Audi has recently teased a new electric supercar that will appear in a month’s time at Pebble Beach. Dubbed ‘PB 18 e-tron’, it looks suitably low and wide, with Concept Avus-like high-mounted mirrors (or cameras, probably) and skinny LED headlights. But of course, it wouldn’t be their first supercar ever to hit the road.
The R8, named after the unrelated Le Mans dominator, first appeared 12 years ago to great fanfare and, across two generations, has remained highly rated as a mid-engined supercar that can be used on a day-to-day basis.
The design stayed true to that of Frank Lamberty and Julian Hoenig’s Le Mans quattro concept car of 2003, with Lamberty, Walter de Silva and team essentially maturing it and adding finesse for the production exterior.
The result had many graphic signatures, such as the slatted grilles under the front and rear light clusters, or the distinctive LED daytime running lights at the front, but most iconic of all were the contrasting ‘sideblades’ situated behind the doors.
While they serve the purpose of partially creating the engine air intake on each side (the door also tucks in, meaning the sideblade can stay flush with the body), visually they also work to collect all the lines that started at the front axle – the DLO, the character line under which the intakes tuck in, and the light catcher – and bring them all together into in a single, strong graphic. The main bone line then runs right through it to the rear haunch and helps stop the sideblade looking too flat.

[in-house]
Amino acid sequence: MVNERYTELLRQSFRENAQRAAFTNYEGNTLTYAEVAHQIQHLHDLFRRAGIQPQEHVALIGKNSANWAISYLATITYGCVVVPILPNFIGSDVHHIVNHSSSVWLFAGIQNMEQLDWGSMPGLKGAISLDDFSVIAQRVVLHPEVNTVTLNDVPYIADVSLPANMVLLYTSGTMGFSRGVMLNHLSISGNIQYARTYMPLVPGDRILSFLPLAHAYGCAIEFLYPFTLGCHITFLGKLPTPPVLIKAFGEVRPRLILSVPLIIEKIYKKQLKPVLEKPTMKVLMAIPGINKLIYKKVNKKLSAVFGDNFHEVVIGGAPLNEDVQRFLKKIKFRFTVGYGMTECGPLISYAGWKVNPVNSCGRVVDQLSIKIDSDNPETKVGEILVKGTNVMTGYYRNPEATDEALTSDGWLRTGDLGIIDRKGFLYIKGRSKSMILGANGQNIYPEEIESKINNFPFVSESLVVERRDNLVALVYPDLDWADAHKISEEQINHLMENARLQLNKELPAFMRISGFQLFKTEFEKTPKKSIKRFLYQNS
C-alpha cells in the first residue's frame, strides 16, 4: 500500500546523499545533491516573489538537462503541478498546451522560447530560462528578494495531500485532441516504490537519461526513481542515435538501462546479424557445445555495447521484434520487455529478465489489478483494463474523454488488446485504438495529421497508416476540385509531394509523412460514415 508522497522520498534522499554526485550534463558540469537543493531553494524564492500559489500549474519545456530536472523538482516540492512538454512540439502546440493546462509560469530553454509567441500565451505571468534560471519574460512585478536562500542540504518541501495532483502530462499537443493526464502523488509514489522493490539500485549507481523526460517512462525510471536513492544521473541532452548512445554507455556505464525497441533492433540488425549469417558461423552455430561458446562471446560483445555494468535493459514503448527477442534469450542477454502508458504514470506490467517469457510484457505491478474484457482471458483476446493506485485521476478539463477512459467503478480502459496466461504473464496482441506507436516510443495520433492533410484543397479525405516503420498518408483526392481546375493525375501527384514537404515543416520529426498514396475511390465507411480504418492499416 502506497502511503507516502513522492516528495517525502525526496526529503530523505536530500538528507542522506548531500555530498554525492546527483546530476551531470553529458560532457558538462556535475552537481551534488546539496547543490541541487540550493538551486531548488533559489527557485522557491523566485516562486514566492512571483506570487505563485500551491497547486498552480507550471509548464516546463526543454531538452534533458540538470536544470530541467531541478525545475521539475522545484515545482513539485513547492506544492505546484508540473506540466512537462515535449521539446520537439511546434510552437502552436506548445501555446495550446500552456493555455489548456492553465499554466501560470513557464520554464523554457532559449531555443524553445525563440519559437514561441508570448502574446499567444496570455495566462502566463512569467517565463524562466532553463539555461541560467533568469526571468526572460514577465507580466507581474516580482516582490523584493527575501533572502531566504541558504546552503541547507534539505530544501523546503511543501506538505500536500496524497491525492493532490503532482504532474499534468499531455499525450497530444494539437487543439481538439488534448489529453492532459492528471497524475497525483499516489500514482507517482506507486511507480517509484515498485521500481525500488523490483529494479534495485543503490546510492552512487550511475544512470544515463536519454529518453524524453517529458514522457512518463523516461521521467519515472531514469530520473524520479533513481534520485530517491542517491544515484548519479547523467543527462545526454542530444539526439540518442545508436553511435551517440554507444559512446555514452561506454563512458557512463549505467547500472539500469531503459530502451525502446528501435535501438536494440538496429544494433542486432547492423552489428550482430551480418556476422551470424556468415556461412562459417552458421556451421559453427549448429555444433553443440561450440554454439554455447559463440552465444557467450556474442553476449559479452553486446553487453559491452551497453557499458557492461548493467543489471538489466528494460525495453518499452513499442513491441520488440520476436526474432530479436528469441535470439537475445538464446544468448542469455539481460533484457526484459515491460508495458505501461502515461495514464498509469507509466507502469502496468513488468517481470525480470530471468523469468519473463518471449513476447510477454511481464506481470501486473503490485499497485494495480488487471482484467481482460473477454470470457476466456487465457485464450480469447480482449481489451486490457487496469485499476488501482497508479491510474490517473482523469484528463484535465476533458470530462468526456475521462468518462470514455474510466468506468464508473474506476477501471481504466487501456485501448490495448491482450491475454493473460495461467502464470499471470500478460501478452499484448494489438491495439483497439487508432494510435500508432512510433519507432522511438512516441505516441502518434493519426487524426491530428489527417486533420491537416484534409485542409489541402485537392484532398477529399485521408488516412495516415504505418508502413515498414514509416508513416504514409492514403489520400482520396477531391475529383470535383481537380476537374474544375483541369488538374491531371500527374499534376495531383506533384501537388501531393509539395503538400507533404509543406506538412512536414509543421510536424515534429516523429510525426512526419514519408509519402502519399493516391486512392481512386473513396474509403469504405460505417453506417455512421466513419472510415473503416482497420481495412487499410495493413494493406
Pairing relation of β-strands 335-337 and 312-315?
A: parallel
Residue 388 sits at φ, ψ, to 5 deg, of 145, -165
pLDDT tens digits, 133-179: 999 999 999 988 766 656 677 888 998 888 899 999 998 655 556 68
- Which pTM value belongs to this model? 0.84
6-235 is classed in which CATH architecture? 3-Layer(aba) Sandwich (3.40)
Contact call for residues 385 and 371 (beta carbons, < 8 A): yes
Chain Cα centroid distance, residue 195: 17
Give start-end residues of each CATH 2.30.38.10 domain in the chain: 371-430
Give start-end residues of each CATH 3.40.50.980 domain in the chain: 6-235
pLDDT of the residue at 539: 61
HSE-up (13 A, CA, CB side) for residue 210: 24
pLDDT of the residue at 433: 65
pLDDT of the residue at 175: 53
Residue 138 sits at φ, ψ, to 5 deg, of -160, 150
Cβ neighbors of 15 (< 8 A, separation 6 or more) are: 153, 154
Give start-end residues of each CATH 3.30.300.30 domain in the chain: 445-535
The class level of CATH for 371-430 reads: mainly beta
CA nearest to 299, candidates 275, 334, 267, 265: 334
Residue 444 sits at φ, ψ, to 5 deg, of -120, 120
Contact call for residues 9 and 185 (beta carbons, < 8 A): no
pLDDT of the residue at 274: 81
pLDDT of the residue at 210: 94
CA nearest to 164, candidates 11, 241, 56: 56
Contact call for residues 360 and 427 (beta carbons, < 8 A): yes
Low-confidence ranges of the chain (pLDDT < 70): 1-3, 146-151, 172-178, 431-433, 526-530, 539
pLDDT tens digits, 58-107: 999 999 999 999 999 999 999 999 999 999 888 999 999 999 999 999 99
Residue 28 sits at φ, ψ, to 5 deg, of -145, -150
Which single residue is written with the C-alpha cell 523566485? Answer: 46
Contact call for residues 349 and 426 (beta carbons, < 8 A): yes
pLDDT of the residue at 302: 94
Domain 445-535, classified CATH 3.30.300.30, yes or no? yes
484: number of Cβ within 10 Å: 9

Having this separate panel to join all these lines and functions up cleanly was taken by Audi as an opportunity to add customisation potential – the supercar equivalent of a Mini’s roof or a Cactus’s ‘Airbumps’ – which was clear as early as the Le Mans Concept with its ‘Jetblau’ paint and contrasting silver sideblades (also available on the production R8).
The blades could be had from launch in various shades and finishes of grey and silver, or black, as well as carbon fibre. If customers didn’t have a taste for a big slab of non-matching bodywork, they could instead option it to be body-coloured… which rather misses the point. Of course, the world of aftermarket vinyl wraps means owners are now limited only by their imagination.
For the later V10 versions, a bulge was added to the lower part of the sideblade, aligned with the creases in the doors, as a necessity to add cooling to the larger engine. Carbon fibre was generally the standard choice for the R8 V10, adding a stronger motorsport vibe to a car that started forging its own rich history of racing success as a GT3 car.
For the current, second generation car, Audi chose to update the look by splitting the blade into, essentially, just two equally contrasting panels that separately complete the DLO and cover the cooling intakes. Perhaps this two-part look is cleaner or more technical, but in a way it’s less clever and less graphically strong, we’d argue.
One wonders whether battery cooling demands will still require something of this nature on the sides of the PB18… or what Audi might do instead.